Posted on 21 July 2017
The Research Councils UK Collective Fund is supporting multi-disciplinary research programmes across the University.
Mark Sculpher, Professor of Health Economics at York’s Centre for Health Economics, is leading a £6.6m project looking at ways of improving the health of the population in Malawi as well as reducing health inequality in the country.
The ‘Thanzi la Onse’ (Health of All) project will work closely with policy-makers in Malawi and Uganda to support them in using data produced by the study to inform national health care budgets and resource allocation.
It is hoped the model can be further developed and used as a template to address the resource allocation challenges facing other countries in Africa.
Professor Sculpher said: “Thanzi la Onse will apply evidence and high-quality analysis to support challenging resource allocation decisions in health systems in southern and eastern Africa.
“The UK has been at the forefront of developing such methods for use in the NHS, and now we have the opportunity to work with international partners to further develop and employ them to meet the varied challenges faced in low income settings."
Professor Jeremy Mottram, from the University’s Centre for Immunology and Infection, is a co-investigator on a GCRF-funded project looking at combating Leishmaniasis and Chagas disease.
The £6.5m project will develop new scientific ideas, expertise and insight in drug discovery from scientists in the UK and from South America and Asia where these diseases are endemic.
York is a leading UK centre for internationally-leading research on Leishmaniasis, a globally occurring neglected tropical disease spread by sand flies.
Kamran Siddiqi, Professor in Public Health in the Department of Health Sciences, is involved in a £3.4m project to reduce tobacco-related harm in low and middle income countries in Asia and Africa.
The four-year project aims to conduct research to inform tobacco taxation, tackle the illicit trade in tobacco and target tobacco companies’ efforts to undermine governments’ attempts to reduce smoking.
With nearly 80 per cent of the world's one billion smokers living in low and middle income countries, the experts hope to bring down smoking rates in developing countries.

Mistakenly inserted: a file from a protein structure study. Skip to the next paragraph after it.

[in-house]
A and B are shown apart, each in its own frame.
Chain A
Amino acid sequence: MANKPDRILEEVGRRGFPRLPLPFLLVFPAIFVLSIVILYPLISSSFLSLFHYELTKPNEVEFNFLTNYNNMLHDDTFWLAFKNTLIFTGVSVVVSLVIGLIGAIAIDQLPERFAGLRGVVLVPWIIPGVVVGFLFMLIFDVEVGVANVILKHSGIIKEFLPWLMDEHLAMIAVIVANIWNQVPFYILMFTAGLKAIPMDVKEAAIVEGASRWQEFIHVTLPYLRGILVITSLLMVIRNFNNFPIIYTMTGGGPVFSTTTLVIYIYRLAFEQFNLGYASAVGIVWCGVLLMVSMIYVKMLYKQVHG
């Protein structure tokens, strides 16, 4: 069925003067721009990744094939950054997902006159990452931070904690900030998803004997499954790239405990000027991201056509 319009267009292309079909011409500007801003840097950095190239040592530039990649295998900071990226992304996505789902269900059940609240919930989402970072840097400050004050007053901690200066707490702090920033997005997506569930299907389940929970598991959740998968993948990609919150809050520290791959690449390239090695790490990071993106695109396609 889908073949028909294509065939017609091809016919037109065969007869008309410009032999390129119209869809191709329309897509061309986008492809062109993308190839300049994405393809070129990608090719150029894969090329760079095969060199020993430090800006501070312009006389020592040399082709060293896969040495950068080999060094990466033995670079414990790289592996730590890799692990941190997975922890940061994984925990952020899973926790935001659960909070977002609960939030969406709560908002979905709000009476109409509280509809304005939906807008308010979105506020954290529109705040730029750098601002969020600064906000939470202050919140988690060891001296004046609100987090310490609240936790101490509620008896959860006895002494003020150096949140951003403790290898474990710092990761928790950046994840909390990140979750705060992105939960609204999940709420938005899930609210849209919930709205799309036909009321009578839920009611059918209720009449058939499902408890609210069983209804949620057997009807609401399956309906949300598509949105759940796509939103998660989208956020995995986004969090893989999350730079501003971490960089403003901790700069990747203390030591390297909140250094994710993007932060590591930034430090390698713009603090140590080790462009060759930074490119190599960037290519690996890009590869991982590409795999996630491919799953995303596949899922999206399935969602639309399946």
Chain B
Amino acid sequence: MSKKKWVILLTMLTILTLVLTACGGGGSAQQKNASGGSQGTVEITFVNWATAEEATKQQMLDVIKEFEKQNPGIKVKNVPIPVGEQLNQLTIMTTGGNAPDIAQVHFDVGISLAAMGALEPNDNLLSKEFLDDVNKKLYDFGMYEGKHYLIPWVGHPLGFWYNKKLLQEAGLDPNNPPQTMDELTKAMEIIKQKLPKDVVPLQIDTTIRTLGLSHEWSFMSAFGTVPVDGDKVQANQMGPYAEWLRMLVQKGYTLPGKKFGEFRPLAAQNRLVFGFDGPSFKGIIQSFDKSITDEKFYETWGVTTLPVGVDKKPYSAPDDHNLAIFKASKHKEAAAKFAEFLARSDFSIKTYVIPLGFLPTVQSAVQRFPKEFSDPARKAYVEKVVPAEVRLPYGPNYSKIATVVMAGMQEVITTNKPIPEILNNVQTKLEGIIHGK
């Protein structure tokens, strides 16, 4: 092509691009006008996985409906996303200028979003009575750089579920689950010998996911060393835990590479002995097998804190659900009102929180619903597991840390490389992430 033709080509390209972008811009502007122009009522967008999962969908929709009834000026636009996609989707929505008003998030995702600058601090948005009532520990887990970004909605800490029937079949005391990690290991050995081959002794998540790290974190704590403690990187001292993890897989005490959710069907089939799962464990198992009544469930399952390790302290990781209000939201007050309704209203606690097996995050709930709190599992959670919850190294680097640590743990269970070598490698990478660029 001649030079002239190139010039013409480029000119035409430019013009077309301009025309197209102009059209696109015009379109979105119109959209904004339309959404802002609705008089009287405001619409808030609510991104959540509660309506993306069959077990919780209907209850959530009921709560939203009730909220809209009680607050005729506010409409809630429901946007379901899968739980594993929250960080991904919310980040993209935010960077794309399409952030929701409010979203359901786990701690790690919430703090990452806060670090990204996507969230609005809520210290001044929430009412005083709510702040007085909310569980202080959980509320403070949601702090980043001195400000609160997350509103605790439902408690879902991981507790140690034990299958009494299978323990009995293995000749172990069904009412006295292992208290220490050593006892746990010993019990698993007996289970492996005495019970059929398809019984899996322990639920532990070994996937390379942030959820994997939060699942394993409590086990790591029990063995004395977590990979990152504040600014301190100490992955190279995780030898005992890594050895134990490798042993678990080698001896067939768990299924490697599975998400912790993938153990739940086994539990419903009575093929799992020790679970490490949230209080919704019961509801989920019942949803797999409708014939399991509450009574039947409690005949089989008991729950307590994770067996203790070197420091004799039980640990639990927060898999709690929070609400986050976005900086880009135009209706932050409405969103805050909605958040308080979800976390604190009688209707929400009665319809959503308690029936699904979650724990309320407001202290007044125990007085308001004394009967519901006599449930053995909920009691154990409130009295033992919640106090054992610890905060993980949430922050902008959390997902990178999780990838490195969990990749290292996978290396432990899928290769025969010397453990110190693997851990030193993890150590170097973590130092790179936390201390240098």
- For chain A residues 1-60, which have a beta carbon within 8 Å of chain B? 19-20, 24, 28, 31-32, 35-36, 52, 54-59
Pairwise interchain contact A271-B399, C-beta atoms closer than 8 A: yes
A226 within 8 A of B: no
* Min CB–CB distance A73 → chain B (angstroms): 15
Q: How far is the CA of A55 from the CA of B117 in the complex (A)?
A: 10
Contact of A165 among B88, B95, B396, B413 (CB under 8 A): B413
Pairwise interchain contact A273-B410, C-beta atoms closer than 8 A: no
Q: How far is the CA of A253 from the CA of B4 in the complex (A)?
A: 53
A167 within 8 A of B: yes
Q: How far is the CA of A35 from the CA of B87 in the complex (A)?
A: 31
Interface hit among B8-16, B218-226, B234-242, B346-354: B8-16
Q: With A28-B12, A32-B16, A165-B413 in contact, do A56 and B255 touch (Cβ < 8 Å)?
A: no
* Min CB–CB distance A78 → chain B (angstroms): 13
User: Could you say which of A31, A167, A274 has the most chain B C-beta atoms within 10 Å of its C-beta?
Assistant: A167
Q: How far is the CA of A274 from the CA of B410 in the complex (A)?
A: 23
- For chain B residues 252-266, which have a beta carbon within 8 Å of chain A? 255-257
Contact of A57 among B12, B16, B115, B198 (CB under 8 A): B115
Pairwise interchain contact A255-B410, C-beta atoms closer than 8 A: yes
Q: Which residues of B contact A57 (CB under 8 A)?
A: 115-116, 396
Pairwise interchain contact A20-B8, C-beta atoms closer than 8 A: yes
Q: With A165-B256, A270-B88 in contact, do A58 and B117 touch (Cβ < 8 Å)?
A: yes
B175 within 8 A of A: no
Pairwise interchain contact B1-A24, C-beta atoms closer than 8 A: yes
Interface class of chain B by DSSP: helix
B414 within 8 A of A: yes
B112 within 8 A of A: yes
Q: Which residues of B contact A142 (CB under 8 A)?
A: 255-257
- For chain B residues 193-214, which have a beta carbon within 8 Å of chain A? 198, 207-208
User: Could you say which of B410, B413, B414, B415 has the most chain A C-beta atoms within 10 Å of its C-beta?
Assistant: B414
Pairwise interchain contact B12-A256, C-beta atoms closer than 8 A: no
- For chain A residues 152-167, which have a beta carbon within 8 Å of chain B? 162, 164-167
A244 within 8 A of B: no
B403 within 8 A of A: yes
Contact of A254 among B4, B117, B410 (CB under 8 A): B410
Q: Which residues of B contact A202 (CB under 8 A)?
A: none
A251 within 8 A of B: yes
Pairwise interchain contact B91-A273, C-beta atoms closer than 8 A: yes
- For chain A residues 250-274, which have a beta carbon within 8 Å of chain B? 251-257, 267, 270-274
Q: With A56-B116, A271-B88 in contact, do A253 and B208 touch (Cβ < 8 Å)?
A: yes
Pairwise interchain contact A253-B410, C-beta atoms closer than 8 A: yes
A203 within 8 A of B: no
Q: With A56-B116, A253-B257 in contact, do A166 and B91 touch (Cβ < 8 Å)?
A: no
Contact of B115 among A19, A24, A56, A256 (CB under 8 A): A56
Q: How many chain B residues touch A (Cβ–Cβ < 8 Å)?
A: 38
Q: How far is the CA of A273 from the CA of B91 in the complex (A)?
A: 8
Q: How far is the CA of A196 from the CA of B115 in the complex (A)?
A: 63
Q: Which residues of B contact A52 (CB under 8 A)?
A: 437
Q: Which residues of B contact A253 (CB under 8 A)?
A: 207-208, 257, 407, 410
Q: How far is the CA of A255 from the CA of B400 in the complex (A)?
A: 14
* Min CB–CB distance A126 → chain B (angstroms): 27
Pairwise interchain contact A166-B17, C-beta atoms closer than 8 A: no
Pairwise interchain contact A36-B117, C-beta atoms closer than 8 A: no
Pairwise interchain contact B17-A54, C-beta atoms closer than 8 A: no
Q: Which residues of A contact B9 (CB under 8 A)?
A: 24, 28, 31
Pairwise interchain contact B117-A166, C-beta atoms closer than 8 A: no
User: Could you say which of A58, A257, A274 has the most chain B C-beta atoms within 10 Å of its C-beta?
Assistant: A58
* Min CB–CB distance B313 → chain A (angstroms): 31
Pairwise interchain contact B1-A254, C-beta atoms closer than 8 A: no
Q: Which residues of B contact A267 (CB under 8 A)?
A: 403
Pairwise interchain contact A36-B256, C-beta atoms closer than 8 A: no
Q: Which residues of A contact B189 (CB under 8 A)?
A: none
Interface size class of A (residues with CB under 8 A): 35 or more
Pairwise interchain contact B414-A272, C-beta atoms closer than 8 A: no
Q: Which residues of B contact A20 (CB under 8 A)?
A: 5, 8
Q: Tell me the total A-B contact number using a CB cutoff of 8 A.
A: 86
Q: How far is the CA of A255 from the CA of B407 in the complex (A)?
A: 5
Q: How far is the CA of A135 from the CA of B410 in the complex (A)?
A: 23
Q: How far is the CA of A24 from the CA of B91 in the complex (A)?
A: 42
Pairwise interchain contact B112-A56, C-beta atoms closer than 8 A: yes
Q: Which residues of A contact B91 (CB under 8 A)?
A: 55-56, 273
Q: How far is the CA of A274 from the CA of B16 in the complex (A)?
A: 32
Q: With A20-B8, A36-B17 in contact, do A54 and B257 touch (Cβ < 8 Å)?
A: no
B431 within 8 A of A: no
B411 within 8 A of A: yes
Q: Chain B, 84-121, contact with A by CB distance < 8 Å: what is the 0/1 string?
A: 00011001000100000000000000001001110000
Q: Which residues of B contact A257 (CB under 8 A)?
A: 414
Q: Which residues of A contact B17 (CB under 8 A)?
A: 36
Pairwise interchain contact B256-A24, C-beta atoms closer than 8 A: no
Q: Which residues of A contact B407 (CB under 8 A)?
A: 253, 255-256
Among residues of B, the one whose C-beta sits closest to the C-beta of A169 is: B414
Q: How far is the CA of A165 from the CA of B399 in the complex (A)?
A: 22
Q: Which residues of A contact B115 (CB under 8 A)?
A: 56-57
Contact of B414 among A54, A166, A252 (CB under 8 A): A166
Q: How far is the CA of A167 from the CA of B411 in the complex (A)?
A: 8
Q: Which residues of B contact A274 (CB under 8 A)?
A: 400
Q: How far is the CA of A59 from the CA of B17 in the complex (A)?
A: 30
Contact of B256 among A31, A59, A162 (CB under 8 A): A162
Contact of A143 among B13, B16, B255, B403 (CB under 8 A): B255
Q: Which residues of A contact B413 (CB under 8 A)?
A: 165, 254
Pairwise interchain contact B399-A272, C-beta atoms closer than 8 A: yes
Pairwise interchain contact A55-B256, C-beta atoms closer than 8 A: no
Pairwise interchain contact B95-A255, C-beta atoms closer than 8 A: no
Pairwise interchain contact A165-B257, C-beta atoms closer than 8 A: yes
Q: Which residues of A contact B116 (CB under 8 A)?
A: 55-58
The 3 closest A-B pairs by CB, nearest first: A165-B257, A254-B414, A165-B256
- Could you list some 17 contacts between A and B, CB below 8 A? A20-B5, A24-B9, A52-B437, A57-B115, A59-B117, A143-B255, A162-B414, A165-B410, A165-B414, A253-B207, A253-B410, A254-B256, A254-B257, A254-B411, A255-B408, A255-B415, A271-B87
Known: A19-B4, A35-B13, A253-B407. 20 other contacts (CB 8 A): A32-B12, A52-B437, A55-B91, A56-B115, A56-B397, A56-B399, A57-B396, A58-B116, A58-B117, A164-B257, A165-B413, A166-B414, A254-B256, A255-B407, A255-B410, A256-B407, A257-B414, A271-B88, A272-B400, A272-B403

Professor Rob Marchant, from York’s Environment Department, is co-investigator on a £6m project looking at sustainable growth in east African ‘development corridors’ and the connection between China and Africa.
In sub-Saharan Africa, a host of grand ‘development corridors,’ including roads, railroads, pipelines, and port facilities, are planned that will boost agricultural production, commodity exports, and economic integration.
A consortium led by the UN Environment World Conservation Monitoring Centre, plans to take a detailed look at some of the proposed corridors – including one running east to west through central Tanzania and others through Kenya Uganda, Ethiopia and Sudan.
In a separate funding announcement, experts from the University of York have been awarded a grant to help improve the health outcomes of low and middle-income countries.
The £2m three year project will be funded by the National Institute for Health Research (NIHR) via the Global Health Research Group on Global Health Econometrics and Economics (GHE2) at the University of York. GHE2 researchers will evaluate several large-scale health policies in Brazil, South Africa and Indonesia.
Principal Investigator Marc Suhrcke, Professor of Global Health Economics at CHE and Director of GHE2, said: “The award is a great recognition and stimulus for CHE’s emerging role in Global Health research.”
“Working with leading institutions in three partner countries, GHE2 focuses on producing high quality, policy-relevant evidence about population and health system level interventions which are hard to evaluate using randomised controlled trials but have the potential for large impacts on health and wellbeing.”
“This helps fill a critical evidence gap by applying and developing methods to estimate the impact of such interventions, and assess their value-for-money.”